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Warscape with Lovers

Scent of Plumeria, and the smell of burning.
Not one or the other, but both. Destruction, and the blossom.
Sweetheart, I'm afraid. That boy with the rifle breaks
the catechism in two. And in two. Let me
see us whole, beside the sea. My body
busy, paying attention to yours. Already

we rock each other with our voices. Already
we're braiding the invisible cord. That burning
hut on T.V. isn’t ours, but could be. My body
could be hers, child at dead breast. That blossom
of blood and bone could be your face. Let me
say truth: no place, no one, is safe. The breaking 

of vows, we know, is a given. Sweetheart, you’ll break
my heart. I’ve broken yours, but look: already
you love me again. Destruction and the blossom: let me
say it another way: that soldier, burning
to become fabulous, torches the thatch (see blossomy
flame) of the enemy’s hospital: cut to my body,

clay taking shape in your hands. Body by body,
war piled on war: when will the heart break
all the way open? Thunder of mortar, blossom
in the gutter. The soldier firing the mortar already
dead. How we live: running from the burning
field, into each other's arms. Let me

lie along your side. Give me something to hold. Let me
ride those waves pouring from your fingers. The bodies
of the disappeared toll like bells. Our koan burns:
it cannot be solved. The whole and the broken,
dream and nightmare: your hand in my hair, already
familiar, could be the torturer's. Vase and its blossoms

camouflage for the bomb. You love where you can. Blossom:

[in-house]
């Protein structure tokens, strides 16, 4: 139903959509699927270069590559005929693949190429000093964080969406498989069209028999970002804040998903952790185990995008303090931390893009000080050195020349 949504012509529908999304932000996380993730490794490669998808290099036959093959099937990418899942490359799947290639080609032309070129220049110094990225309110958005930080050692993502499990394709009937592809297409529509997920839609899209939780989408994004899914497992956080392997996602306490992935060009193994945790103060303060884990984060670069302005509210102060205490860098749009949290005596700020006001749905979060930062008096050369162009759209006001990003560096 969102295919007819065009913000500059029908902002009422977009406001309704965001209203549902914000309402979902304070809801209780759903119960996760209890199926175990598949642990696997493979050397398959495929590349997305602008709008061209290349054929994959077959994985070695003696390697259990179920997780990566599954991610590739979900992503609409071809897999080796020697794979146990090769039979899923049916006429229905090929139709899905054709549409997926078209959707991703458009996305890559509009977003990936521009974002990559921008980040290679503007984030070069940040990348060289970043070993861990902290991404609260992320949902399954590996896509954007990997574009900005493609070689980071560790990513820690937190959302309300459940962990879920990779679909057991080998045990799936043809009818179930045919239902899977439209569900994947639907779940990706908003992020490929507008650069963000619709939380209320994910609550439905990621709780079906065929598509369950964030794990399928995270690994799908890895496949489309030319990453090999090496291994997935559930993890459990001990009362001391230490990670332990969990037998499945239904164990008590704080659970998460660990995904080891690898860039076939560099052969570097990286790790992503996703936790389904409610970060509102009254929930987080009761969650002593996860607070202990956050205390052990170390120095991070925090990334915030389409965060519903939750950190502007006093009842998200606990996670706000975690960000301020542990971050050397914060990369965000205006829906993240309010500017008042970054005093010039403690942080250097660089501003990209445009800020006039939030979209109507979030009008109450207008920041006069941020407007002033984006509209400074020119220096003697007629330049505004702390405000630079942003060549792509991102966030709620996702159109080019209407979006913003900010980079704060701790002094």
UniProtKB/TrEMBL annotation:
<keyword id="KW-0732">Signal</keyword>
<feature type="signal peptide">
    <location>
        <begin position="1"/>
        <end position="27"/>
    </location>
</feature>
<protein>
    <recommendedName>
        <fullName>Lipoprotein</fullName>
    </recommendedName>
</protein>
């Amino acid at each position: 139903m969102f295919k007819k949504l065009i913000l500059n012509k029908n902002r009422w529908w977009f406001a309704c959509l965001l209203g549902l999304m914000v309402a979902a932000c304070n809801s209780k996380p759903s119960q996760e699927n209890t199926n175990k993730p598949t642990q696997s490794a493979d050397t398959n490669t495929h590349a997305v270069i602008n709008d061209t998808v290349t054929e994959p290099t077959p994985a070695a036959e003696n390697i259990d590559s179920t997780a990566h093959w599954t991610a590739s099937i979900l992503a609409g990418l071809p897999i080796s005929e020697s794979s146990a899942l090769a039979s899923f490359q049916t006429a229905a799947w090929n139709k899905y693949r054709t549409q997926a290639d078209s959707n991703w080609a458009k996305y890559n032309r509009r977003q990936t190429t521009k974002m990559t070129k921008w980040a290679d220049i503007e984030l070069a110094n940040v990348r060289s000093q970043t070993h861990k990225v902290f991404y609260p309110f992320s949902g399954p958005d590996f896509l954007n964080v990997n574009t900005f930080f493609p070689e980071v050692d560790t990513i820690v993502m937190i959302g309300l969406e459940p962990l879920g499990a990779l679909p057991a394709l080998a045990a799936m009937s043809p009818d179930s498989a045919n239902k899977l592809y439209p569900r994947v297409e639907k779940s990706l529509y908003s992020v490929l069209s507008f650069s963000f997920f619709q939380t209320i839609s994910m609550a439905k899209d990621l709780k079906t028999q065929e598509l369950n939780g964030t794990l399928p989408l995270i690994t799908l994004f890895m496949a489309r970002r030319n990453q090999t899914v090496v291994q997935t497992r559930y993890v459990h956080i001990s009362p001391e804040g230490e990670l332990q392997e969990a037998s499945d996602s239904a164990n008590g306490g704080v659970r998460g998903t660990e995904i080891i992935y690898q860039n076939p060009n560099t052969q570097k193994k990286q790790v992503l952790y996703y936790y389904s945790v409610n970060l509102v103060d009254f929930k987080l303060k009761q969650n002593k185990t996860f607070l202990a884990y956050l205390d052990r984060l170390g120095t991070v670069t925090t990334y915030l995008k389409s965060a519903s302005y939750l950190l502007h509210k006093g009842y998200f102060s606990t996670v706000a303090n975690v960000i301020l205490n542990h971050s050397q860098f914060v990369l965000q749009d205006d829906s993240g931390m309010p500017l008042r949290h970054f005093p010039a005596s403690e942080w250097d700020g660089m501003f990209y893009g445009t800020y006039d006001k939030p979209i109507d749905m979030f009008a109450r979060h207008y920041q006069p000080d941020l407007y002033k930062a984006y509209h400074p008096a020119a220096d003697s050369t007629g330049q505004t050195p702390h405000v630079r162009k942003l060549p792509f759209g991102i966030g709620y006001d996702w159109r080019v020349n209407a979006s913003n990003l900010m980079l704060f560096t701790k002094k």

a thing of promise. That's us. Now: let me
let this go. Our glass, half full—already
there's more—swells toward the rim. Ours the bodies
the death squads passed by. The refugees make a break
for the fence, running for their lives, crossing this burning,

broken, blossoming Century. They've already
paid our dues. Sweetheart, let me show you how,
hand on the body's book, now swear the burning vow.

From Warscape with Lovers (Cleveland State University Poetry Center, 1997). Copyright © 1997 by Marilyn Krysl. Used with permission of the author.

From Warscape with Lovers (Cleveland State University Poetry Center, 1997). Copyright © 1997 by Marilyn Krysl. Used with permission of the author.

Marilyn Krysl

by this poet

poem

I was so small, so very much afraid.
I prayed my father might turn into light.
There was no price that I would not have paid

to pray the way the light knelt down and prayed.
I prayed that I might learn to be like light,
but I was small, and very much afraid,

and he stayed silent. Was

poem
Looking back now, I see 
I was dispassionate too often, 
dismissing the robin as common, 
and now can't remember what 
robin song sounds like. I hoarded
my days, as though to keep them 
safe from depletion, and meantime 
I kept busy being lonely. This 
took up the bulk of my time, 
and I did not speak to
poem

It’s no use walking the beasts of my longing without you, compañero,
you whose name means stone the sun

moves across. Remember our house, and the statuary of clouds
drifting through the rooms? And the sheets and blankets of our habits